New Study Examines the Moneyless Rise of Disc Golf
By Josh Woods ~
Three years ago, I quietly jettisoned my sociological research agenda on terrorism and immigration and began thinking about the growth of disc golf and other emerging sports. The two-part question that has held my curiosity longest is this one:
Is the popularity of disc golf growing, and if so, why?
Early on, I must admit, I was a growth skeptic. Several observers were talking big about the sport’s future, but I just didn’t buy it. There was no real evidence. No one even knew how many players were out there (Woods 2019a).
And why would this weird sport, tucked away in the woods, be growing? Other sports weren’t. Per surveys conducted by the Sports & Fitness Industry Association, between 2013 and 2018, the number of kids playing football and soccer declined and basketball increased only slightly.
In the 2010s, the almighty screen was having its way with Americans. Netflix was in. Couches were in. Esports were in. Instagram was in. Memes were in. Texting your friends during my lectures was definitely in. But spending time in the wilderness with sketchy cell service was not. Or so it seemed to me at the time.
While the not-for-profit PDGA was on the rise, the commercial side of disc golf was showing signs of instability. In the last years, Vibram went bye-bye. The Disc Golf World Tour tapped out. And complaints about the Pro Tour added a new chapter to the history of discontent.
Even if the disc golf biz was doing okay, it didn’t look like other fast-growing sports industries.
Skateboarding, that rising Olympic darling, was regularly appearing on television shows and in fashion magazines. Energy-drink-powered teens were pulling down giant paychecks in esports. The Ultimate Fighting Championship was pouring gobs of mass-mediated adrenaline into mixed martial arts, not to mention boatloads of cash. Spikeball was landing deals on Shark Tank and ESPN. Even cornhole was able to steal ESPN’s heart and court moneyed sponsors like Johnsonville Inc.
If the disc golf community was growing, it was doing so without large-scale investment, major corporate sponsors and mainstream media coverage.
And that’s what I think has happened. Disc golf is now making a meaningful impact on recreational habits in the U.S. and several other countries without big money, or big media, or big anything. The disc golf revolution is not earth-shattering or unique, but it’s real.
It joins other emerging sports and recreational activities that rely heavily on volunteers and public resources. To sociologists, these intriguing sports collectives look a lot like social movements (Johnston, Laraña and Gusfield 1994; Haenfler, Johnson and Jones 2012). When explaining the rise of social movements, sociologists focus not only on the individuals and groups that push movements forward, but also on the external forces that both constrain and support them (Benford and Snow 2000; DiMaggio and Powell 1983).
I recently published an article in the academic journal Sociological Spectrum that examines how one of these external forces may be shaping the future of disc golf (Woods 2019b). As discussed in a previous post, disc golf does not receive much attention from mainstream media outlets, but it does emerge in local news sources quite often.
Based on a content analysis of 2,920 newspaper articles, the study offers a novel approach to answering the why-growth question. After conceptualizing disc golf as a social movement, I show that increasing participation over a twenty-year period is positively correlated with both the volume and favorable framing of the sport in local news. In short, disc golf’s public image and legitimacy have improved significantly over the years.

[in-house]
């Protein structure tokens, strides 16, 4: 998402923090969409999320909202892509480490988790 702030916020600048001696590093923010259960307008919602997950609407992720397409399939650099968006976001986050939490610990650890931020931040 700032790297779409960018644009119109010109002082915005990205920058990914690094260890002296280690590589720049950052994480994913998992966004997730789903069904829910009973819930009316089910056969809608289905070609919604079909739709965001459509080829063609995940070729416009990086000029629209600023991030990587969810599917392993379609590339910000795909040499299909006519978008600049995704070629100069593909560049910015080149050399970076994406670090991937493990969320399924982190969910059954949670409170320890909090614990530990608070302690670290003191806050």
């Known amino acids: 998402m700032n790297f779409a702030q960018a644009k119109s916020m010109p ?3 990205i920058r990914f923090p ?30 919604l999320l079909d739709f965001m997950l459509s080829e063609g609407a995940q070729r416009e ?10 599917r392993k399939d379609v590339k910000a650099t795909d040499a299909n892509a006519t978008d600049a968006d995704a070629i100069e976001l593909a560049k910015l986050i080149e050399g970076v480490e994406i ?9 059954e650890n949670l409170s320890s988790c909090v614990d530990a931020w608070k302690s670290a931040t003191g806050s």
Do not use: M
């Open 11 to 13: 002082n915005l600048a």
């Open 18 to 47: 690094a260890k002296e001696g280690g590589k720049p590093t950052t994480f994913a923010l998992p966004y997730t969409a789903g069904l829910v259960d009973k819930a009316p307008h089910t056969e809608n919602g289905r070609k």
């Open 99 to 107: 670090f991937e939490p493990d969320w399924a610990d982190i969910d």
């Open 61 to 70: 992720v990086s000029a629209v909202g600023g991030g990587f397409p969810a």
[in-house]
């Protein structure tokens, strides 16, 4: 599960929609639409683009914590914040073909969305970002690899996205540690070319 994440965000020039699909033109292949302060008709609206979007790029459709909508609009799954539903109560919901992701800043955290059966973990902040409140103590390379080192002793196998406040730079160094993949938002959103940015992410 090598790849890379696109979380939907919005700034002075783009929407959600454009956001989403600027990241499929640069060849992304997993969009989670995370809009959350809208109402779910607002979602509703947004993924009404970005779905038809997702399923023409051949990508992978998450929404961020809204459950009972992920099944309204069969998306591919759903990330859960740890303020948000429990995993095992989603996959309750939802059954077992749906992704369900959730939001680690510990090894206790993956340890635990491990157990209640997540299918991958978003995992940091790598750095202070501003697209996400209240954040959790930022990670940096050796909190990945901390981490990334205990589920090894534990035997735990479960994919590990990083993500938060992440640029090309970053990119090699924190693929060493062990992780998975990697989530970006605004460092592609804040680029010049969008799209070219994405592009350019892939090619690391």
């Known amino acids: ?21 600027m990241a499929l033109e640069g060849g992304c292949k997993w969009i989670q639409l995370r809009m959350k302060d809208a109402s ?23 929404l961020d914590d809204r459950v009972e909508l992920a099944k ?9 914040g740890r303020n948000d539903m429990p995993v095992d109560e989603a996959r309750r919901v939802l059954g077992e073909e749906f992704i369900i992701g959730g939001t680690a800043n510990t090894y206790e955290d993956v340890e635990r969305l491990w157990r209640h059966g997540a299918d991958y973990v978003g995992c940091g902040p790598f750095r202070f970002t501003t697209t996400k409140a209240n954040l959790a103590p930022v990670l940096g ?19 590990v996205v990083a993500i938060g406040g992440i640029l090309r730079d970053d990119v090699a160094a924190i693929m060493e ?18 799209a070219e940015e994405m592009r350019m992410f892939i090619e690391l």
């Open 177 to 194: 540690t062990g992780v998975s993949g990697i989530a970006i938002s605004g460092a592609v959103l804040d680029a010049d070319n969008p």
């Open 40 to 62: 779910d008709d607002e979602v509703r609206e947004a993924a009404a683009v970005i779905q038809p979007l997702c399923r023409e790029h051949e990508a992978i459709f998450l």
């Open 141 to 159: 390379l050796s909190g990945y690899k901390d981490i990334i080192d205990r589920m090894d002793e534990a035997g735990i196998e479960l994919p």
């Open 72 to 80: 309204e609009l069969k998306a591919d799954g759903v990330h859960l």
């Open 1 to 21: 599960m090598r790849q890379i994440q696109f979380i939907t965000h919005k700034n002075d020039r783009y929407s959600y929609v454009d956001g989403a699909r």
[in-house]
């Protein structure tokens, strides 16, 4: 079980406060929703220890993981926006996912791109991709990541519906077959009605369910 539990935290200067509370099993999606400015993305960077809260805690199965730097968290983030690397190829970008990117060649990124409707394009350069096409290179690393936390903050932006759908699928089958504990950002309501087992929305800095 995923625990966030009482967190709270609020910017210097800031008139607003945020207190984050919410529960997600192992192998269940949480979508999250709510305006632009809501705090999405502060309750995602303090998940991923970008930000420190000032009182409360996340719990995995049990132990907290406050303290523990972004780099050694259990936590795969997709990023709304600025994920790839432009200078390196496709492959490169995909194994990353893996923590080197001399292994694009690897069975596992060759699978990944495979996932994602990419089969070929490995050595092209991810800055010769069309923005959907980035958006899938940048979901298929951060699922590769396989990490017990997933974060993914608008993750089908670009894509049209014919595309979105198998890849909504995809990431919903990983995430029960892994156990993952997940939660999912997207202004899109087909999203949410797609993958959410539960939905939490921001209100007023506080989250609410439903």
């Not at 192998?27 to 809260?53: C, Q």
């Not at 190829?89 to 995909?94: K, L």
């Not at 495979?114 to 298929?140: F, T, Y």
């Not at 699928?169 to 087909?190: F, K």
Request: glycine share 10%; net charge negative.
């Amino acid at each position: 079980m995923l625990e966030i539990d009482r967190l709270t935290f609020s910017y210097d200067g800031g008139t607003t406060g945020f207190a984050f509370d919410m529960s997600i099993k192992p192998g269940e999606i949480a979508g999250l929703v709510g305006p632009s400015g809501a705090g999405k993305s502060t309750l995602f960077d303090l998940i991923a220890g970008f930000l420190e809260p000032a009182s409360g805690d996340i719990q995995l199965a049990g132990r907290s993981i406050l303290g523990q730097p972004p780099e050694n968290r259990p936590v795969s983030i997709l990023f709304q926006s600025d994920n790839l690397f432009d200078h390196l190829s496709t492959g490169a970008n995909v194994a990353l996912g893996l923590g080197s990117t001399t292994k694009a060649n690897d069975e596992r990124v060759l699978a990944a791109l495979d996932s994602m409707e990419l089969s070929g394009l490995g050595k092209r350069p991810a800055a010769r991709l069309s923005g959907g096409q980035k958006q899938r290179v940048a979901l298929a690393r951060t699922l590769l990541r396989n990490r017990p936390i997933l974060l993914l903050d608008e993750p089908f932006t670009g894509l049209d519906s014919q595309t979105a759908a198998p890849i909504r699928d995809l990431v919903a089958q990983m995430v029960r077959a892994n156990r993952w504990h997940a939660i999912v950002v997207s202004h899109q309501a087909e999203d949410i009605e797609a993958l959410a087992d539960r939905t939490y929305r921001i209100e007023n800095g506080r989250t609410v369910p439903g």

Yet, measurable indicators of disc golf’s commercialization did not show signs of growth. These findings suggest that commercial viability is not the only solid predictor of the future of emerging sports. Over two decades, the small community of disc golfers expanded substantially without relying heavily on the growth engine of commercialization.
Once published, academic studies like this one usually vanish behind a pricey paywall. But, as it turns out, I have access to 50 free online copies of the article. I can think of no one I’d rather share these with than Parked readers. Over the last three years, your support, advice and thoughtful comments have helped me in ways I cannot count, but surely appreciate.
If interested, just click the link below for a free copy of the article. And if they run out, just shoot me an email and I’ll send you a copy (use the contact box below or send directly to email@example.com).
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Benford, R. D., and D. A. Snow. 2000. “Framing Processes and Social Movements: An Overview and Assessment.” Annual Review of Sociology 26(1):611-639.
DiMaggio, P. and W.W. Powell. 1983. The Iron Cage Revisited: Institutional Isomorphism and Collective Rationality in Organizational Fields. American Sociological Review 48(2): 147-160.
Johnston, H., E. Laraña, and J. R. Gusfield. 1994. “Identities, Grievances, and New Social Movements.” Pp. 3-35 in New Social Movements: From Ideology to Identity, edited by edited by Enrique Larana, Hank Johnston, and Joseph R. Gusfield. Philadelphia: Temple University Press.
Haenfler, R., B. Johnson, and E. Jones. 2012. “Lifestyle Movements: Exploring the Intersection of Lifestyle and Social Movements.” Social Movement Studies 11(1): 1-20.
Woods, J. 2019a. “Using Social Media to Estimate the Size and Demographic Characteristics of Hard-to-Reach Sports Communities: The Case of Disc Golf.” International Journal of Sport Communication, 12: 36-54.
Woods, J. 2019b. “Normative Bridges and Barriers in the Framing of Emerging Sports Movements.” Sociological Spectrum, DOI: 10.1080/02732173.2019.1669236.
Parked is underwritten in part by a grant from the Professional Disc Golf Association.